Focusing on the customer is the right thing to do - every time. AWS Audit Manager was developed with AWS customers in mind - a service that AWS customers can use to automate evidence collection and prepare for an audit. This approach resulted in a pretty cool service, that I discussed at length in CISO Mag.

The challenge of focusing on customers is that it resulted in reporting functionality that doesn't benefit assessors or auditors. In traditional cybersecurity services or products, focusing on the customer is enough to solve the problem that your product or service was designed to solve. Unfortunately in the cybersecurity audit space, products and services must consider the customer and auditor in mind.

It is impossible to solve the problem of manual, slow, time-consuming audits without making things easier for the auditor too. An audit is a partnership between the company being audited and the auditor. If the auditor cannot use the evidence automatically-collected then they will revert to manual evidence requests to perform their assessments.

The customers (in this case AWS Customers) still need to hire an auditor or in SOC 2 examinations, a Certified Public Accountant (CPA) to perform the audit. These auditors have evidence requirements and testing requirements that need to be considered with a tool like this. In its current state, the AWS Audit Manager service does not help SOC 2 auditors perform their assessments, which will result in duplicate work for the company being audited.

While the output of the reporting is challenging for the auditor to use. It is equally manual, and time-consuming for the AWS user to generate the report.

Let's dive into how you generate a report and check out the outputs:


  1. Generating a report requires a few setup steps. First things first, you need to decide which evidence will be included in the report. Ideally, all of the evidence collected, right? Unfortunately, there is no select all button here. The manual step can be time-consuming as it requires you to:

  • Navigate to each individual control

  • Navigate to the evidence folder, select the evidence you would like to include in the report:

  • Click add to the assessment report

Now, this may not seem like a lot of steps, but let's think about the SOC 2 framework within AWS Audit Manager. The SOC 2 framework includes 56 controls, 35 are manual and 21 are automated, according to AWS. Imagine completing this for 56 controls, the example above shows one piece of evidence for a criterion but think about the below scenario for CC6.1. There are 54 total pieces of evidence, over 83 resources evaluated. A bunch of different compliance check statuses which will require administrators to individually review each to ensure they should be included in the SOC 2 examination. This isn't quite "automated evidence" collection" as you probably imagined it:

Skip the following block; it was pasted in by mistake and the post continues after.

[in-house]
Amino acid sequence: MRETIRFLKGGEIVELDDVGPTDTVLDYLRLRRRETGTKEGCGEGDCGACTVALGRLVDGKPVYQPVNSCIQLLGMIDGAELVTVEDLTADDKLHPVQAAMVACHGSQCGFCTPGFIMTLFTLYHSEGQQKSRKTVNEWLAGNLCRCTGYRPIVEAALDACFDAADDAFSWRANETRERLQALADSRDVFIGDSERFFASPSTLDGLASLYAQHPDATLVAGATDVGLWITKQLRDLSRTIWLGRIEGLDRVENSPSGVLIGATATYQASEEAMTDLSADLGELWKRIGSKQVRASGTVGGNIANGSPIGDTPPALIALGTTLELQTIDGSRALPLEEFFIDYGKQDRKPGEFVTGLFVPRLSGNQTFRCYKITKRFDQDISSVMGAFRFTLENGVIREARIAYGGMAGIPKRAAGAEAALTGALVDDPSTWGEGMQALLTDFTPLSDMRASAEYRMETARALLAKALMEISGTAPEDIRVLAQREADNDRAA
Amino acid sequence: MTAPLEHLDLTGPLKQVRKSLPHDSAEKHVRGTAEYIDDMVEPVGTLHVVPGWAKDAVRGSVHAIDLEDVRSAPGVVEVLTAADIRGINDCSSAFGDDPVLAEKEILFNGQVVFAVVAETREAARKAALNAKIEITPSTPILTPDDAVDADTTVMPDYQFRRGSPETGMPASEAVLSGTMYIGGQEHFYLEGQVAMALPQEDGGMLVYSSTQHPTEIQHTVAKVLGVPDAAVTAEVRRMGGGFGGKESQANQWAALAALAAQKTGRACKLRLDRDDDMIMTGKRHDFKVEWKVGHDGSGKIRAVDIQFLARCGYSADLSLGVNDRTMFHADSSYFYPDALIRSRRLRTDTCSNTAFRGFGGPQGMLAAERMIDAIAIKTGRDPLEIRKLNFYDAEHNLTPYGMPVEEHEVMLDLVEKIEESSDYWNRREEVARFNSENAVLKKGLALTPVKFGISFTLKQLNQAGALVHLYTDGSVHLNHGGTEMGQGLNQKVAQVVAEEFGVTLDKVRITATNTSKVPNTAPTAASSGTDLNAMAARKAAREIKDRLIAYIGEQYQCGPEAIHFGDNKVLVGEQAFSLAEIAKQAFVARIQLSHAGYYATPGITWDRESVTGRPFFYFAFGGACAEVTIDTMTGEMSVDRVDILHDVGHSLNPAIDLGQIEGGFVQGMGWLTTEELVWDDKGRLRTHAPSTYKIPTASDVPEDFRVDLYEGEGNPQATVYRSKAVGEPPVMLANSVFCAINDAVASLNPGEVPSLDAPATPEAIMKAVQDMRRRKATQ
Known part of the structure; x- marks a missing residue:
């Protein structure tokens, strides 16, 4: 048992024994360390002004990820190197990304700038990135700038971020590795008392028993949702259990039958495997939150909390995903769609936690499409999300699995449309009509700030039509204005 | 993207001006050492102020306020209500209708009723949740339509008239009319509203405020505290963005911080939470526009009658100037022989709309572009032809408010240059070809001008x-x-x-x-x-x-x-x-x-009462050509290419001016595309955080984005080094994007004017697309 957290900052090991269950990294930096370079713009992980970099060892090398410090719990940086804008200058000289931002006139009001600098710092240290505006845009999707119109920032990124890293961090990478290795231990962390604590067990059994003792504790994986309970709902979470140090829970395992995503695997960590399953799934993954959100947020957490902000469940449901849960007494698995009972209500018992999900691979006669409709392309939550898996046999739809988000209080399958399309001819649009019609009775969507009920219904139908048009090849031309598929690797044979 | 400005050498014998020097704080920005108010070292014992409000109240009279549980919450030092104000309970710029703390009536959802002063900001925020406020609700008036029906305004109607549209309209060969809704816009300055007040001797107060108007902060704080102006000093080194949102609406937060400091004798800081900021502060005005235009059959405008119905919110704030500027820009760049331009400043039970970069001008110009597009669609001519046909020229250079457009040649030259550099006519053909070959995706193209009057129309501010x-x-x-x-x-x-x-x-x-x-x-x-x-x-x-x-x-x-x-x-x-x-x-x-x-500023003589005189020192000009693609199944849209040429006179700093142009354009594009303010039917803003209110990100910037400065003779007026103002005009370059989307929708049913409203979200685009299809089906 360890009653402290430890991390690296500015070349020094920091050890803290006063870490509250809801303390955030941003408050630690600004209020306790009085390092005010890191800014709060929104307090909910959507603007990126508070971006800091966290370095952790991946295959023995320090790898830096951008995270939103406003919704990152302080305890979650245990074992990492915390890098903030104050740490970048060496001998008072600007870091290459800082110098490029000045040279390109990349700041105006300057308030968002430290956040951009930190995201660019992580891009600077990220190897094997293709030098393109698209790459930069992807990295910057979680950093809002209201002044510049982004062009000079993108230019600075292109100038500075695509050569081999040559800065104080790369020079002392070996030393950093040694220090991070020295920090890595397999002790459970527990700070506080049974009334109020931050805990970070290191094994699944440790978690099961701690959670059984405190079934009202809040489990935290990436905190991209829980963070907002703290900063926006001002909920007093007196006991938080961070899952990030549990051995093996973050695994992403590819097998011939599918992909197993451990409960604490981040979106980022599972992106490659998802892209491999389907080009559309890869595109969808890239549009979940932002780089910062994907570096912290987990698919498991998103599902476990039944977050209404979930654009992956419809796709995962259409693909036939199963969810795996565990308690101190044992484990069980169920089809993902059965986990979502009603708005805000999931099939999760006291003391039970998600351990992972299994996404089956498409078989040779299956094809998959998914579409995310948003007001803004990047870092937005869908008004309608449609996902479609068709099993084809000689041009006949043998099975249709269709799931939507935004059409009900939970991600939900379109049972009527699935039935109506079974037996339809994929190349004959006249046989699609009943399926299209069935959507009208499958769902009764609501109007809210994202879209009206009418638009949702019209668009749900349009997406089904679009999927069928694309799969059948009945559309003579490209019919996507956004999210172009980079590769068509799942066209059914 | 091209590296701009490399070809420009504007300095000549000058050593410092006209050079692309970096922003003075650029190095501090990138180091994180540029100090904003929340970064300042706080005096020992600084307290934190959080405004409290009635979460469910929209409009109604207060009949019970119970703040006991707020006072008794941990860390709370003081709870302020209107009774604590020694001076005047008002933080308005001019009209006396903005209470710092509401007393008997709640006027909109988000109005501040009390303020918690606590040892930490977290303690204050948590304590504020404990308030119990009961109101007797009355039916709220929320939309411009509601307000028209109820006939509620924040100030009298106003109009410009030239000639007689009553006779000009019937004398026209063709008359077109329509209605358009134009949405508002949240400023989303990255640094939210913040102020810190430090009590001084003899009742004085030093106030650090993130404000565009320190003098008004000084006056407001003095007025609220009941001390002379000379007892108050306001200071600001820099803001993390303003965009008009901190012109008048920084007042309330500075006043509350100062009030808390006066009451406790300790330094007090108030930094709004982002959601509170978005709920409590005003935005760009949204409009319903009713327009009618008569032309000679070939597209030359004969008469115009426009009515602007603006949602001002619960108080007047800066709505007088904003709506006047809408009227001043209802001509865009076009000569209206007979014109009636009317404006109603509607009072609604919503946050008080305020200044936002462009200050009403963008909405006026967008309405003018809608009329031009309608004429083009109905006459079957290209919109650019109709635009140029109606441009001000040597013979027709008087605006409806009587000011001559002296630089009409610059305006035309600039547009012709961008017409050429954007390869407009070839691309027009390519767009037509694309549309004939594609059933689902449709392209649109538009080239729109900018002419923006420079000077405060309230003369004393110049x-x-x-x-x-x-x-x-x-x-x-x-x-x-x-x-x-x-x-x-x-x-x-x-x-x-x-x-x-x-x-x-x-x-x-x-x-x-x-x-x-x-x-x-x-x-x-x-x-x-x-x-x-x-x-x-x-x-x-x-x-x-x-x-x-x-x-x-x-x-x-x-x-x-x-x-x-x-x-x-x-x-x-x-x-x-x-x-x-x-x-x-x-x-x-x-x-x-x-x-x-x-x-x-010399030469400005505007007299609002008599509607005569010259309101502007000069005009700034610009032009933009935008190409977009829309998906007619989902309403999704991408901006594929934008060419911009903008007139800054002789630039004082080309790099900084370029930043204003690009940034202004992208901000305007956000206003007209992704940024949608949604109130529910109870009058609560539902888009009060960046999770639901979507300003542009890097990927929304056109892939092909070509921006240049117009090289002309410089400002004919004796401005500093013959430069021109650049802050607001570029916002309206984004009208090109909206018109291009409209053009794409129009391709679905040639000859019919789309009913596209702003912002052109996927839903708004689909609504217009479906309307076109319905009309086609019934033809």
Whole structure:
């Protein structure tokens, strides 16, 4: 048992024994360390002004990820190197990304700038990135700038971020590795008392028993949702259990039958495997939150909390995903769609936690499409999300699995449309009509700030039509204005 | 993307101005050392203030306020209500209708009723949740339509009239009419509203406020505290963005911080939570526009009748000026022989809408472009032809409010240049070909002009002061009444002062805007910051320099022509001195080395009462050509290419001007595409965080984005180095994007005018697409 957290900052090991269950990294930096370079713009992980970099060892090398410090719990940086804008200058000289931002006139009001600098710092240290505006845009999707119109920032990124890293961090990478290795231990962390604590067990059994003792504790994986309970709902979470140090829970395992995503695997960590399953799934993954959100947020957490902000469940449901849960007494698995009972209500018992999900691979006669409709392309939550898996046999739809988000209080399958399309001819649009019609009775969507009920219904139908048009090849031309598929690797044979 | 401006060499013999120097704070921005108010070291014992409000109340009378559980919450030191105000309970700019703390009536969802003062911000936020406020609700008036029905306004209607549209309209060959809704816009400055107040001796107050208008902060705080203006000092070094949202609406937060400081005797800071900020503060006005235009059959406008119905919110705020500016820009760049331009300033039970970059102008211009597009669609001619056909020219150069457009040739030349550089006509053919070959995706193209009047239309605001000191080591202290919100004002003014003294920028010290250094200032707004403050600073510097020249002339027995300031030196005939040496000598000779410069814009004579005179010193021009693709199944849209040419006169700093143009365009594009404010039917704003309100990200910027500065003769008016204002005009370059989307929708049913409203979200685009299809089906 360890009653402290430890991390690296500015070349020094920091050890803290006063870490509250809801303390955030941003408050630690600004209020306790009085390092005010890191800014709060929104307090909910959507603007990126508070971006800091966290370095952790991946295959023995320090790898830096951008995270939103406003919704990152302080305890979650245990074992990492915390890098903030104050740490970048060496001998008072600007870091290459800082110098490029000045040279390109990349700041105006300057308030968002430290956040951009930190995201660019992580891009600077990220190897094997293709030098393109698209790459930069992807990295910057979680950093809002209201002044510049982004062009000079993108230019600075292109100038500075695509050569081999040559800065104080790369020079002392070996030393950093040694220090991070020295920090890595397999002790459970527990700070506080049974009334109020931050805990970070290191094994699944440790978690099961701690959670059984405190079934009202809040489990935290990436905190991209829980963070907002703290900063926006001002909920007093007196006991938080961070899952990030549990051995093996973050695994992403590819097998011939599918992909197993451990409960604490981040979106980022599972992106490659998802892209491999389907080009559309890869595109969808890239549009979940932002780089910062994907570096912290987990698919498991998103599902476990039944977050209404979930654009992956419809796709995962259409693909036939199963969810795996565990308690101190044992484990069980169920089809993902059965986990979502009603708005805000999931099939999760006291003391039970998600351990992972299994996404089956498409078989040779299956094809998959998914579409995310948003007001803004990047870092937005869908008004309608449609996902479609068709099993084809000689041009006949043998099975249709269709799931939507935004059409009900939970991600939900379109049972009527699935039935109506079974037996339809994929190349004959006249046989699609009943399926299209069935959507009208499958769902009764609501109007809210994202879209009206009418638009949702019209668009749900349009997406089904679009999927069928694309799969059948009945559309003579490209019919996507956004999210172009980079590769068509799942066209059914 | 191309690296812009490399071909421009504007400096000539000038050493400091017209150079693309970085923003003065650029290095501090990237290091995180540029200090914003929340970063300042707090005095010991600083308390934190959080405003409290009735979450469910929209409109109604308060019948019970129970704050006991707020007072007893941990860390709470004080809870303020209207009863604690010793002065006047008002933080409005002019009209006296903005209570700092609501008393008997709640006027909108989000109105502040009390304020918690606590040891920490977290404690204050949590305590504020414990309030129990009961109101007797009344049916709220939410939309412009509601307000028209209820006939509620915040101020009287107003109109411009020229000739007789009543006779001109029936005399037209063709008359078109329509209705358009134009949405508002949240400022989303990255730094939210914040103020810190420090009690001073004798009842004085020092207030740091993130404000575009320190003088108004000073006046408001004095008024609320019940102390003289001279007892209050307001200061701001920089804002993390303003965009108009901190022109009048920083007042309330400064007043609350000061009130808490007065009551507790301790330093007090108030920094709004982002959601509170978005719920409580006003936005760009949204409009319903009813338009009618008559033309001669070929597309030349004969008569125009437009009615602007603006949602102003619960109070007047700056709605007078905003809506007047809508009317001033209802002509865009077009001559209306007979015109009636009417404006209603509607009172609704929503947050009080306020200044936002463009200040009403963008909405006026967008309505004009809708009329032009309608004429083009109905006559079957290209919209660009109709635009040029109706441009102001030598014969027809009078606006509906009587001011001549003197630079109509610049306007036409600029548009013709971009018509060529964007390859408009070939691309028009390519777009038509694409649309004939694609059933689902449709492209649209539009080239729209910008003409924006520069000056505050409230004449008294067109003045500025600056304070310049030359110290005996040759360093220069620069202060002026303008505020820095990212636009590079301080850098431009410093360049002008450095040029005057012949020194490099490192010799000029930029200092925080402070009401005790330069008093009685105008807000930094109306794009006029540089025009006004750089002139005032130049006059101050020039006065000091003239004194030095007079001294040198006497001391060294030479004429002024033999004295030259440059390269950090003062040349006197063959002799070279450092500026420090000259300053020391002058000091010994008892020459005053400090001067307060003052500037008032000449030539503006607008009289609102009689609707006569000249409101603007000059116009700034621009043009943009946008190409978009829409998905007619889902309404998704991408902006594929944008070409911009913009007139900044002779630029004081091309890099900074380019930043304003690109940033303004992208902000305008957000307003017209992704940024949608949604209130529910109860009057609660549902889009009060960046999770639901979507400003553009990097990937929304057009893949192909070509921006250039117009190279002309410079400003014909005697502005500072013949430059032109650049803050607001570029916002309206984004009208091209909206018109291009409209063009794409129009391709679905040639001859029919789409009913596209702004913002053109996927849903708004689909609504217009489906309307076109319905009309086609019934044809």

Manually selecting each evidence item for each control area can become an entire day worth of tasks in and of itself.


Before we continue, there is also the issue here that compliance managers may or may not understand how these services relate to a particular criterion or understand the service being evaluated by AWS Audit Manager. For example:

So for CC3.1 above, AWS Audit Manager is telling the user that the only evidence needed from AWS for this criterion is that AWS Security Hub, Amazon Inspector, AWS Config, Amazon GuardDuty, and Amazon Macie are enabled in each region and account in-scope.

There are a few issues with this:

CC3.1 states "The entity specifies objectives with sufficient clarity to enable the identification and assessment of risks relating to objectives."

Another nice-to-have here would be an actual control statement and text of the criteria here, outlining what the criterion text states and what an example control statement would be to address the criteria.

It is not clear to the user how the testing information relates to CC3.1. In order for the user to know what CC3.1 includes, they must click on the PDF linked in the screenshot above and scroll through an AICPA document to find the text of the criterion.